Meaning ‘soul’ in Scots Gaelic, ‘anam’ creative describes itself as ‘a collaborative platform working with young musicians and artists based in Scotland’. If the pandemic in some sense dematerialised, for a period, our working relations as artists, what can be reclaimed of the word soul—this word for the spiritual or immaterial element of a being? In Nilling (2012), Lisa Robertson speaks of ‘videosoul’ as a ‘perceiving perfume’, a sensory tint equivalent to ‘melancholic phantasy’, capable of combining its ‘received media to make something free’ (54). Following the lockdown of 2020, anam creative began in July of last year: founder Michiel Turner secured funding from Nurturing Talent—Time to Shine Fund and Creative Scotland to foster a new space for artistic collaboration, pooling resources and remote collaboration. If our ‘received media’ are increasingly those of the Zoom window, the chat box, the file share, anam have taken such media to a magical place and offered it freely.
It’s a frostbitten evening when I arrive, shivering through remnants of a supercold to the cosy gallery space of The Alchemy Experiment on Byres Road, where the anam crew are hosting their debut exhibition. Through the big glass shopfront, I see bodies arranging objects, cans of beer exchanged between hands alongside cameras and guestlists. There’s a deck set up the back which the iconic [underthunder] (aka Nasim Luczaj) will later jump on to play us all out with an eclectic, high voltage set of techno, trap and dance.
The exhibition is the culmination of several month’s work between founding musician Michiel Turner, Breagha Charlton (lever harper), James Mackay (jazz guitarist), Ben Deans (sound artist/producer), Niki Zaupa (audiovisual artist), Lily Garget (sculptor and textiles artist) and Alice Hill-Woods (writer in residence)—all creatives in the 18-25 age bracket. Accompanying an online and text-only version of the exhibition, this in-person setup features sound, textiles, animation, film and text, making use of the exposed brick walls to showcase intricate playful shapes detailing forms of growth and mycelial development, inspired by earthforms and elements. Downstairs, I watched a film of Mackay playing guitar in the summer grass. His was the videosoul from a suspended time, blue-skied and still. People take their seats around me, others depart or pause while talking. The place was packed—moving around the two rooms was to pick up stitches, taking new turns and loops in the shape of a human contingency. New conversations threaded around observational pause. Here, a tapestry inspired by wildflowers and arpeggios; there, a splash of colour, a gesture of thread.
What anam have made is a dreamscape of sorts: shifting and somehow above the material fact of an instrument, a tapestry, a little blue plasticine figure in stop motion. There’s the sense of nourishing conversations and exchanges suffusing the aura of everything. At the exhibition, through the fog of my cold I’m in the hubbub of voices, laughter, announcement. The night was basically a celebration and taster of what the platform are capable of, and a chance to glimpse the warmth and rapport of emergent artists. We’re first treated to a set by Breagha Charlton, who mesmerises on harp, and then Charlton is joined by Turner and Mackay on guitar for a rich and intuitive set. It’s a pleasure just to sense how each musician reads the other.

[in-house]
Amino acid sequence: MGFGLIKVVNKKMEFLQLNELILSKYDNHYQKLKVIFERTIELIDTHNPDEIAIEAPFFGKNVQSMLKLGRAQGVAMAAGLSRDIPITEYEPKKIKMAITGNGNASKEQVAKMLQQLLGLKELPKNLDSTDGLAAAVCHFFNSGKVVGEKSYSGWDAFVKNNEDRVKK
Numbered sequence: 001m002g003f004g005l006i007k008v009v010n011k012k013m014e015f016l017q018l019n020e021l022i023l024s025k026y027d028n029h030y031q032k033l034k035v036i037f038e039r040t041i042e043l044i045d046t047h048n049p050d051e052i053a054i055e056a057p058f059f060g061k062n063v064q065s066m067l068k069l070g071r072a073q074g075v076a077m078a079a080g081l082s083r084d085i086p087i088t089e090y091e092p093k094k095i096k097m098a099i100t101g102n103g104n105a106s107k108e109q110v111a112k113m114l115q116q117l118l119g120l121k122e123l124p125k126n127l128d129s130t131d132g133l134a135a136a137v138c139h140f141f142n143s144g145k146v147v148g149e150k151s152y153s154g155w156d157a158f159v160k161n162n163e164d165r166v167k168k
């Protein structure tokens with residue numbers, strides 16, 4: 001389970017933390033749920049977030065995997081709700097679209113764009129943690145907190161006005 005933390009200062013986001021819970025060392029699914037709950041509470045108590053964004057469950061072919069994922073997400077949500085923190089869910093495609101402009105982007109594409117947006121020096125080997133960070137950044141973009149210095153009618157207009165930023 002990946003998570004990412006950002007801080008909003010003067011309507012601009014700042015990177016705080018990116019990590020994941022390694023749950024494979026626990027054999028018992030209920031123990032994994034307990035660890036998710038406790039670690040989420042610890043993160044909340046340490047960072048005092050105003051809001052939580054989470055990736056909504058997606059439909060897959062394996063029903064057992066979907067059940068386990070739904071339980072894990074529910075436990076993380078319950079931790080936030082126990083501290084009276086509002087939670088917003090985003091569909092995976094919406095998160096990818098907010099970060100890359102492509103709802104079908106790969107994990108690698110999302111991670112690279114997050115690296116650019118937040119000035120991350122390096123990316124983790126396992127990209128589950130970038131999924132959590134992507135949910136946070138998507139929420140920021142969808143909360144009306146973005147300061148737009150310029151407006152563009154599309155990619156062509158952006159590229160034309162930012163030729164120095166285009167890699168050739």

Three key words that gathered the work were: àite (place), gluasad (motion) and àrainneachd (environment). What’s lovely about this project is the way it displaces familiar locales of art and music: its settings slip between the floorboards of a tenement to vicarious, glacial scenes and earthy understories. Even as lockdown makes it difficult to leave our domestic enclosures, these works offer a possibility of dreaming elsewhere in the here of a moment. It’s remarkable that such seamlessly interwoven works came together virtually, and testament to the members’ commitment, talent and camaraderie.
For those who didn’t make the physical exhibition, anam have provided a generous online space for showcasing videos, images and text from the work. This includes sketches, hand-written notes and snaps of chord sheets, foregrounding the importance of process, materiality and detail. Alice Hill-Woods has also written text-only accompaniments for all the work, some of which were mounted on display at the exhibition. Blending audiovisual description with a motional and textural poetics, these prose fragments document objects in transience, emotional residues, the intimate relation between the multidimensional works. Sometimes this offers a way in or out, ‘The angle invited the viewer to surrender’; and other times performs its own lively sense-scape, ‘The wet sound of hands squishing the rich earth of a wormery’. Within the exhibition and beyond, plugging in homespun and digitally innovative approaches, there is still plenty of anam creative to explore, compost, digest.
Maria Sledmere is editor-in-chief at SPAM Press and a member of A+E Collective. In 2021, The Palace of Humming Trees, an exhibition with Katie O’Grady and Jack O’Flynn, was shown at French Street Studios. Her debut collection, The Luna Erratum, is out now with Dostoyevsky Wannabe and in 2020 she co-edited an anthology, the weird folds: everyday poems from the anthropocene, with Rhian Williams. A collaboration with Katy Lewis Hood on the works of Etel Adnan, Tangents, was recently long-listed for the Ivan Juritz Visual Arts Prize. The three part tangents: letters on Etel Adnan for MAP appears below.
Arts collaboration exhibition, The Alchemy Experiment, Glasgow, 24-29 November.
The arts collaboration online exhibition from anam creative is available here.